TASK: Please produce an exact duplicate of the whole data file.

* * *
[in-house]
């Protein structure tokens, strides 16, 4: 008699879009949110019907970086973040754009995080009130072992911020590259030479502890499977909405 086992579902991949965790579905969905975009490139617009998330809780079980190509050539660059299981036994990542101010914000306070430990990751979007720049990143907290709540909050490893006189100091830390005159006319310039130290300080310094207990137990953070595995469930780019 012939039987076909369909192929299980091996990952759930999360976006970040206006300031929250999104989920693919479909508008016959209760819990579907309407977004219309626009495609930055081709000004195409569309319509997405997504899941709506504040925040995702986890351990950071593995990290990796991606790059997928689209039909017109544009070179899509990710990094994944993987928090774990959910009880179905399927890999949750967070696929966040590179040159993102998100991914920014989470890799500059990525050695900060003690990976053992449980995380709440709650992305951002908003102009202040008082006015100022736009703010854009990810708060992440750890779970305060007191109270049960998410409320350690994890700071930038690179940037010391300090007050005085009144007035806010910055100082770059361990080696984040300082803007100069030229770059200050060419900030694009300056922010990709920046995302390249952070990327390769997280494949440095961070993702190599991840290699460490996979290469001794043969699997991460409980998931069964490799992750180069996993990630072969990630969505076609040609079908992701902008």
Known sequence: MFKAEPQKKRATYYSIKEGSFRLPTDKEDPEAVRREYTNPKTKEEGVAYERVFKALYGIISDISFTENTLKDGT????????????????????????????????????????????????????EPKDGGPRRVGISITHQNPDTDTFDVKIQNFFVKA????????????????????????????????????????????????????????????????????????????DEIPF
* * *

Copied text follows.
[in-house]
């Protein structure tokens, strides 16, 4: 008699879009949110019907970086973040754009995080009130072992911020590259030479502890499977909405 086992579902991949965790579905969905975009490139617009998330809780079980190509050539660059299981036994990542101010914000306070430990990751979007720049990143907290709540909050490893006189100091830390005159006319310039130290300080310094207990137990953070595995469930780019 012939039987076909369909192929299980091996990952759930999360976006970040206006300031929250999104989920693919479909508008016959209760819990579907309407977004219309626009495609930055081709000004195409569309319509997405997504899941709506504040925040995702986890351990950071593995990290990796991606790059997928689209039909017109544009070179899509990710990094994944993987928090774990959910009880179905399927890999949750967070696929966040590179040159993102998100991914920014989470890799500059990525050695900060003690990976053992449980995380709440709650992305951002908003102009202040008082006015100022736009703010854009990810708060992440750890779970305060007191109270049960998410409320350690994890700071930038690179940037010391300090007050005085009144007035806010910055100082770059361990080696984040300082803007100069030229770059200050060419900030694009300056922010990709920046995302390249952070990327390769997280494949440095961070993702190599991840290699460490996979290469001794043969699997991460409980998931069964490799992750180069996993990630072969990630969505076609040609079908992701902008």
Known sequence: MFKAEPQKKRATYYSIKEGSFRLPTDKEDPEAVRREYTNPKTKEEGVAYERVFKALYGIISDISFTENTLKDGT????????????????????????????????????????????????????EPKDGGPRRVGISITHQNPDTDTFDVKIQNFFVKA????????????????????????????????????????????????????????????????????????????DEIPF